It should be noted that whilst in the latter example the first and second objects refer to different types of objects (i.e. cars and cards), this is not necessarily always the case. According to another example the first and second objects may refer to the same type (say comparison between cars). Likewise, a given memory object may constitute in one comparison a first object and in another comparison a second object, all as required and appropriate, depending upon the particular application.
Having briefly described the garbage collection application there follows a description of the overflow handling according to the invention.
Thus, according to one example (see FIG. 1), the current information is compacted to, say, 64 values, and consequently the other 192 values are released for the next collection cycles. This can be easily augmented to any other fraction of the possible values.
In other words, all existing time stamps are divided by 4 and than the (ceiling) integer value of the division is calculated. The division is applied to the time-stamps of the cards, the time-stamps of the cars and the collection counter.
As can be seen in FIG. 1, the time stamp values before compaction (1) are compacted to (2), where, as can be seen, all values are grouped in section (3), thus leaving free space in (4). The counter is set now to the value 65 (i.e. a value selected from the free range 65-255).
This compaction is fine since it preserves the relevant properties of the relations between the time stamps in the system. A card should be scanned for a car if the time-stamp of the card is larger than or equal to the time-stamp on the car. Any card that would have been scanned for a car before the division will be scanned for the car after the division. Put differently, if a first time stamp is larger or equal to a second time stamp, then the first compacted time stamp is not smaller than the second compacted time stamp. More generally, stipulation that is met before the compaction (i.e. the cards that should be scanned for a given car) is also met after the compaction (i.e. the same cards will be scanned after the compaction).
The penalty that is paid, by following the proposed approach is that also some more cards are scanned. Consider, for example, a card and a car having time stamp values 7, 8 respectively (before the compaction) and 2,2 respectively (after the compaction). Thus, whereas before the compaction, the action is not taken (since 7<8), after the compaction the action is, unnecessarily taken (2=2). This loss of accuracy in the information is inevitable, but note that the loss is proportional to the number of possible values (256 in case one byte is used for the time stamp).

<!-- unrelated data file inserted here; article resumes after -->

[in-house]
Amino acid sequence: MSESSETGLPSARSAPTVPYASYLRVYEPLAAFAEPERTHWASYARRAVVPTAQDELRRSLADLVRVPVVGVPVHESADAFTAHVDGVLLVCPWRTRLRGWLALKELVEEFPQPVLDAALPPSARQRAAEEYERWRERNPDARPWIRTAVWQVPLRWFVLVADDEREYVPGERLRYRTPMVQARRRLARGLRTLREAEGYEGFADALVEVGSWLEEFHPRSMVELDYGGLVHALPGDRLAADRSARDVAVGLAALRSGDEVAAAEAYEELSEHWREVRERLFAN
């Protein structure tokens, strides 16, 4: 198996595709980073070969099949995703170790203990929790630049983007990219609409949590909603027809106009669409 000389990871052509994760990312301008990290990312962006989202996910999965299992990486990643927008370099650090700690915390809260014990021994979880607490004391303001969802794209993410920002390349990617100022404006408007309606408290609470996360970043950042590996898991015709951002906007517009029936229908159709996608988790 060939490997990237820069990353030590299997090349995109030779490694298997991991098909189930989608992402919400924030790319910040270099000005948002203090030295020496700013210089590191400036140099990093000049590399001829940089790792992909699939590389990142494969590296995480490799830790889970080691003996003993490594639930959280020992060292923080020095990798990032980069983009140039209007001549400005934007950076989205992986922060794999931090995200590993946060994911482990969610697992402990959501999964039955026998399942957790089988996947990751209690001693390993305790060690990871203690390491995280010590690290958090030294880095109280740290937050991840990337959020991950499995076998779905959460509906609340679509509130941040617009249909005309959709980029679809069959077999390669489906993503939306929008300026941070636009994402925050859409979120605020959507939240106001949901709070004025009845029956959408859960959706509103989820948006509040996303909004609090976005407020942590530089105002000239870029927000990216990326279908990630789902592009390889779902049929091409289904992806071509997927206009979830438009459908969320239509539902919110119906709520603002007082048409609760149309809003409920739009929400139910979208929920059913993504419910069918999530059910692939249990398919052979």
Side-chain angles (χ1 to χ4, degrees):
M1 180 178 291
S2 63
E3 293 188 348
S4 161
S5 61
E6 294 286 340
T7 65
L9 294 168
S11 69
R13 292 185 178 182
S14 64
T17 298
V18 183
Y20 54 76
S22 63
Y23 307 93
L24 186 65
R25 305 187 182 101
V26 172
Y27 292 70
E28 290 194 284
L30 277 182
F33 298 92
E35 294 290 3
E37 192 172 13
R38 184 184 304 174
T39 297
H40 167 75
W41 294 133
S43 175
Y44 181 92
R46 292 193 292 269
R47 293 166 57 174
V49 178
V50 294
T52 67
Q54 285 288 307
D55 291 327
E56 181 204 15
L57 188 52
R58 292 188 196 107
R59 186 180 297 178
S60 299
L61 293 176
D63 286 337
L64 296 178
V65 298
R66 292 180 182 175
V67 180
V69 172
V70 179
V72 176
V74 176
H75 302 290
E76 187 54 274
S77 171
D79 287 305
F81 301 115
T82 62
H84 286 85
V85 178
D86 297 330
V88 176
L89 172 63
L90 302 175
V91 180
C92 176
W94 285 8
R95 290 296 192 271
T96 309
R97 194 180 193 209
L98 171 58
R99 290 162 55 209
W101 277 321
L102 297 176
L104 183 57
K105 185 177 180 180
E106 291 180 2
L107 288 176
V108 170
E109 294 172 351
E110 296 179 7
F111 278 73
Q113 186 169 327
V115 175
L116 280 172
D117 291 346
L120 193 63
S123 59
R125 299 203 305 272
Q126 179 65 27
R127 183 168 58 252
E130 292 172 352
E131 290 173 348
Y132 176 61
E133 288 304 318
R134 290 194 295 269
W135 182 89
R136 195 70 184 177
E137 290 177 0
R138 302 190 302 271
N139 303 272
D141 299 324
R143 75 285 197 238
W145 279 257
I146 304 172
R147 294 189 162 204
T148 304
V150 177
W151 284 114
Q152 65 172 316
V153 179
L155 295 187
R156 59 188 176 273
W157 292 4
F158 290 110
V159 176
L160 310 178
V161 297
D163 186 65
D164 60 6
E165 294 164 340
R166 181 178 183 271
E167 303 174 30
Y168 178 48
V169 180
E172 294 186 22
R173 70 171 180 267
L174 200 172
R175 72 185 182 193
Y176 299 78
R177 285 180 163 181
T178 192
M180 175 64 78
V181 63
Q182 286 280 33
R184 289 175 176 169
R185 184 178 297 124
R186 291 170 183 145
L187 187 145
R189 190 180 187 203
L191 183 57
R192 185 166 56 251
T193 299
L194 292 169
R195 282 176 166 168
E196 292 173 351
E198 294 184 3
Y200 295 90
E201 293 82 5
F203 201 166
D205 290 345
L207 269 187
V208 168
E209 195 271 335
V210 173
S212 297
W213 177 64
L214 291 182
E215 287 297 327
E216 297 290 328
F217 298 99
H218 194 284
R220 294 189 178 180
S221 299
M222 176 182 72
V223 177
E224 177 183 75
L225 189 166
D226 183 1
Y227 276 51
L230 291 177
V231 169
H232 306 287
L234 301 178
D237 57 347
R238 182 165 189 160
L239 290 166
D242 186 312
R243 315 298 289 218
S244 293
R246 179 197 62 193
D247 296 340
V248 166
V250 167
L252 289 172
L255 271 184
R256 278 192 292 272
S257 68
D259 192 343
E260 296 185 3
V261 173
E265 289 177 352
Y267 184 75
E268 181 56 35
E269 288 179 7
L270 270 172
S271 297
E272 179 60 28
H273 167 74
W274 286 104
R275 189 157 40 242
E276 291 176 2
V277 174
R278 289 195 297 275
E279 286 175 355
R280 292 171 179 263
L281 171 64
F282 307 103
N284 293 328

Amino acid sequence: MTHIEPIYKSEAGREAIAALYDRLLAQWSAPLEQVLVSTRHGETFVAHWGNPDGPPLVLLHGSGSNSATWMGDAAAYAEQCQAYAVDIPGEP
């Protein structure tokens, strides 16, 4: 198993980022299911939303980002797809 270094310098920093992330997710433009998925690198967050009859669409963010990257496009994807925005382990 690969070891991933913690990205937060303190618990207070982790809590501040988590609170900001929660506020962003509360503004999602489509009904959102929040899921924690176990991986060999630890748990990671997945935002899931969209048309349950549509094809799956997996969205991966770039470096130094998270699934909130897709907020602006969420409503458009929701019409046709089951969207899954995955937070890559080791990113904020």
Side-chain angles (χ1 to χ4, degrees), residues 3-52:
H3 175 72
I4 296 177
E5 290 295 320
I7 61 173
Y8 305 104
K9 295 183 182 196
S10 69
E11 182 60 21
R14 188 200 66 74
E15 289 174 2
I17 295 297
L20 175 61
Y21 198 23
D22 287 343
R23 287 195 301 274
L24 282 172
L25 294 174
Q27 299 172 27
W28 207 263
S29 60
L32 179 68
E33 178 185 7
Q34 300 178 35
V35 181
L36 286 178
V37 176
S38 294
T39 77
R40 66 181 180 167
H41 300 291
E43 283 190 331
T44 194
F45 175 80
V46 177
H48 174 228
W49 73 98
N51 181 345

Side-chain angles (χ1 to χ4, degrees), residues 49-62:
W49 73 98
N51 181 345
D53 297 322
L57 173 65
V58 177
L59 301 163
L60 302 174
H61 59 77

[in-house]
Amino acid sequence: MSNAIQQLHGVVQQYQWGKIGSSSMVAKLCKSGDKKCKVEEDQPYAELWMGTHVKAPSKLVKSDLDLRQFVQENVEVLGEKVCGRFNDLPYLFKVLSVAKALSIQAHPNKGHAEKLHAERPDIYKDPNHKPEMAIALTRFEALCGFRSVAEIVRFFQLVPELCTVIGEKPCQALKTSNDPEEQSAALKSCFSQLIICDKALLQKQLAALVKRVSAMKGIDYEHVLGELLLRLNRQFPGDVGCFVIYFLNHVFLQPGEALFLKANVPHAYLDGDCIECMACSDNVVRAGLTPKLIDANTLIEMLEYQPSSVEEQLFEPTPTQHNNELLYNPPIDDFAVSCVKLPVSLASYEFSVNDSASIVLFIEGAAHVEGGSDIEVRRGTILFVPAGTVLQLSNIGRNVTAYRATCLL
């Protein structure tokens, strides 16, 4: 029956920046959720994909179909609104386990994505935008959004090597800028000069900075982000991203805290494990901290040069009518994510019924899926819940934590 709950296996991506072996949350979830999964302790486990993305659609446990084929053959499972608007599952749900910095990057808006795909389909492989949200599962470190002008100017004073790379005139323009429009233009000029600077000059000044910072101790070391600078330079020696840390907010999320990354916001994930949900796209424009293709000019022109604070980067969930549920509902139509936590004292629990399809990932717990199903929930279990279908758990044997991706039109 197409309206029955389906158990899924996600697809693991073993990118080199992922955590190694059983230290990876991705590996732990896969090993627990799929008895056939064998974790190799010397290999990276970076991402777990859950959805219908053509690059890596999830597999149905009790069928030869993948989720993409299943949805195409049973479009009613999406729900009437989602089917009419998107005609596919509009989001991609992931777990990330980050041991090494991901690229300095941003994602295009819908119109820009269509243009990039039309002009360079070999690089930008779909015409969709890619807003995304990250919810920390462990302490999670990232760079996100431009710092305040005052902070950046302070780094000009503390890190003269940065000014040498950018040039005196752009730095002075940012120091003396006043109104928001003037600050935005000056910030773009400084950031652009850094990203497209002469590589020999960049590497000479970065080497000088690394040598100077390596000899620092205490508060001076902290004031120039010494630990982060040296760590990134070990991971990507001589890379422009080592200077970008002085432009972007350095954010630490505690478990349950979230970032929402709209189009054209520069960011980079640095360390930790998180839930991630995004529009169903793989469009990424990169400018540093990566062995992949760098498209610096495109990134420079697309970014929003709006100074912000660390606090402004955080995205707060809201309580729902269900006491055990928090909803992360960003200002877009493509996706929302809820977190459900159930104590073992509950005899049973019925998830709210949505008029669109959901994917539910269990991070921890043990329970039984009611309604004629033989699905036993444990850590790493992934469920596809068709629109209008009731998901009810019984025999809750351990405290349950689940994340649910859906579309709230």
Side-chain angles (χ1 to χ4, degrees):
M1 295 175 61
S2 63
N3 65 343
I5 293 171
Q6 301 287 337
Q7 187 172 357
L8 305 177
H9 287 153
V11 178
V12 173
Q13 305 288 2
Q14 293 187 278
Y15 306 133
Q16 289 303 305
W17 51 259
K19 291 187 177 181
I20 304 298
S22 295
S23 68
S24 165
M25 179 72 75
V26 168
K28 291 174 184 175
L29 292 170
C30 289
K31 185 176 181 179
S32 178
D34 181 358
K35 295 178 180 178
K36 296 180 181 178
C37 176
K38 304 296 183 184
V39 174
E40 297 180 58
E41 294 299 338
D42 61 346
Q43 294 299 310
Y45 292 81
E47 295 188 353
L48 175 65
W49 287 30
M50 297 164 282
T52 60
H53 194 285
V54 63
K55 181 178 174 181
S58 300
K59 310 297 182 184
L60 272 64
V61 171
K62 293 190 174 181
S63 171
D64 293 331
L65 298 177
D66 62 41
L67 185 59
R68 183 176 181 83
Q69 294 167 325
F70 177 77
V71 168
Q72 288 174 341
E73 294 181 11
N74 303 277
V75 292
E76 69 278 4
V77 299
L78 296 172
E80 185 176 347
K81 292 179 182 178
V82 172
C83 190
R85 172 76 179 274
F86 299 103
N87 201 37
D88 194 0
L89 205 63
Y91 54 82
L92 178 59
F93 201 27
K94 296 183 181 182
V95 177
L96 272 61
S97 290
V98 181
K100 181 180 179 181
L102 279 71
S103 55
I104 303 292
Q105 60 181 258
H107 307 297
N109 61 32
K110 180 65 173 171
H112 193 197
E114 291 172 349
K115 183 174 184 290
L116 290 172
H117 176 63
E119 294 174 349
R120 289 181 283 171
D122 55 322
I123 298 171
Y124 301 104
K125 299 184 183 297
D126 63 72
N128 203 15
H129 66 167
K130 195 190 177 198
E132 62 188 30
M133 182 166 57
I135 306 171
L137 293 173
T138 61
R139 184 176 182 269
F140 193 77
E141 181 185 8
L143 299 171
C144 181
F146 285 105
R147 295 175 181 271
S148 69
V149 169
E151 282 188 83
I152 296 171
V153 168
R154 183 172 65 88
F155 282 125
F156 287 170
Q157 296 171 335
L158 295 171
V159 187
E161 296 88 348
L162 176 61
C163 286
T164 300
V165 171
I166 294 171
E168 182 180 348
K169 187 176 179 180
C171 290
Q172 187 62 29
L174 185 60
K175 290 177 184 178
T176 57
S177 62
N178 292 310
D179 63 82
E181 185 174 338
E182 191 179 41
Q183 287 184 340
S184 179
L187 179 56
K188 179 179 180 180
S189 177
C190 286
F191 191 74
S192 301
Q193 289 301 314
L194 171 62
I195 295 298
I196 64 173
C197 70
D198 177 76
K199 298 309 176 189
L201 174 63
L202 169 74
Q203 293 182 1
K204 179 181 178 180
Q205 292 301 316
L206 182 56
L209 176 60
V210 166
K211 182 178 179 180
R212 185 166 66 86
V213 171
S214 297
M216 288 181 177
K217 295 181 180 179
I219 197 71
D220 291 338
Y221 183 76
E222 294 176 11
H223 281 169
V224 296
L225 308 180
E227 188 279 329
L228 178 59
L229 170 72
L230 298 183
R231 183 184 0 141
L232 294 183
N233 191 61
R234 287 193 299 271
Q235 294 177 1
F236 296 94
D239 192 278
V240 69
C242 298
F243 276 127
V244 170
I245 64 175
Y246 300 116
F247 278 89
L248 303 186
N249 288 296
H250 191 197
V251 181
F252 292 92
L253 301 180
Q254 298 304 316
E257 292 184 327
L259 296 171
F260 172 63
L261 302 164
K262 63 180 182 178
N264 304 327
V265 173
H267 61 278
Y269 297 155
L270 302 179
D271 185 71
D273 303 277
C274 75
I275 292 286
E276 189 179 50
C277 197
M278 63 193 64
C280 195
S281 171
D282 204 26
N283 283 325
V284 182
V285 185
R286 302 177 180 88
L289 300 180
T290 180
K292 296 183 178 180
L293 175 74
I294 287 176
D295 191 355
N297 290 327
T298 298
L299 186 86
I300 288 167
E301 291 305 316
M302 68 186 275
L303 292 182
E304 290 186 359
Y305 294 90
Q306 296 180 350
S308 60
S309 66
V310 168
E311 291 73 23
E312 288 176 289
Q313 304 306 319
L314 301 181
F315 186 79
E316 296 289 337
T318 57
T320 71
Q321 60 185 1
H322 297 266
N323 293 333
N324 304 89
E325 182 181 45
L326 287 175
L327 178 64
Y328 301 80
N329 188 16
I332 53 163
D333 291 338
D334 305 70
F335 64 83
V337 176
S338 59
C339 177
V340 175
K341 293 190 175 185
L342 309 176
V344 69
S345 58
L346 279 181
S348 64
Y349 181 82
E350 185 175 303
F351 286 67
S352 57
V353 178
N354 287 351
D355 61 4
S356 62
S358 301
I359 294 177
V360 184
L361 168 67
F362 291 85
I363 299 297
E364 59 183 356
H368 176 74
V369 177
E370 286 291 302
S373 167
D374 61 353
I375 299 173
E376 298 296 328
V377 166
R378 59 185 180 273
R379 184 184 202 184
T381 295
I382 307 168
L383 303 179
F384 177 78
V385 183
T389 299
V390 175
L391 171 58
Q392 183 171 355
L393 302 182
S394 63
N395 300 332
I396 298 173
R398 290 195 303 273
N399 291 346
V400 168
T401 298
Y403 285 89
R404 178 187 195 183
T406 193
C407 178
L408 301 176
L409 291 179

This loss of information should have little effect when the time stamp is kept in a full byte.
Another example (see FIG. 2) applies, preferably, when most of the times recorded are recent times and only few cards/cars or even none at all have old time stamps. In this case, it is better to keep records for recent time and lose accuracy for older times. Accordingly, at overflow time, all times lower than e.g. 193 (21) are set to the value 1 (22), whereas 192 is subtracted from all times higher than 192 (23 and 24). (192 is chosen since it is desired to free 75% of the 256 possible values). Thus, relations between cars and cards with recorded times over 192 are fully kept. All cars with lower update time must engage in scanning all cards for collection. This is only good if the number of such cars is small, and infrequent long collections are allowed.
Other transformations are, of course applicable depending upon the specific application. The important property of any such a transformation is that it should be monotone, so that the relations between the cars and the cards are kept.
In all the proposed schemes the stipulations that are met n respect of counter values of the first and second objects (i.e. in this example to scan cards having a larger time stamp than the time stamp of a car), are also met in respect of the corresponding compacted counter values of said first and second objects (i.e. the same cards that had to be scanned before the compaction, will also be scanned after the compaction).
As explained above, the proposed technique of the invention imposes some kind of overhead in the sense that cards that would otherwise not have been scanned, will nevertheless be scanned after the compaction.
Attention is now drawn to FIG. 3, illustrating a generalized block diagram, according to one embodiment of the invention. As shown, processor (30) is associated with a computer application (31) that includes a compactor module (32) and a counter set module (33) for carrying out the compaction and counter setting steps as described e.g. with reference to FIGS. 1 and 2. Those versed in the art will readily appreciate that the system of the invention is by no means bound by any specific realization of the processor (e.g. personal computer, network of computers etc.) and by the same token is not bound by any realization of the application, all as known per se.
It should be noted that the order of the following method steps is not necessarily prescribed by the numbers, alphabetic characters and roman symbols that are recited in the claims.
The present invention has been described with a certain degree of particularity, but those versed in the art will readily appreciate that various alterations and modifications may be carried out without departing from the scope and spirit of the following claims:
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|U.S. Classification||1/1, 711/E12.012, 707/999.206|
|Cooperative Classification||Y10S707/99957, G06F12/0276|
|Oct 8, 1998||AS||Assignment|
Owner name: INTERNATIONAL BUSINESS MACHINES CORP., NEW YORK
Free format text: ASSIGNMENT OF ASSIGNORS INTEREST;ASSIGNORS:AZAGRUY, ALAIN;KOLODNER, ELLIOT K.;PETRANK, EREZ;AND OTHERS;REEL/FRAME:009509/0283
Effective date: 19980923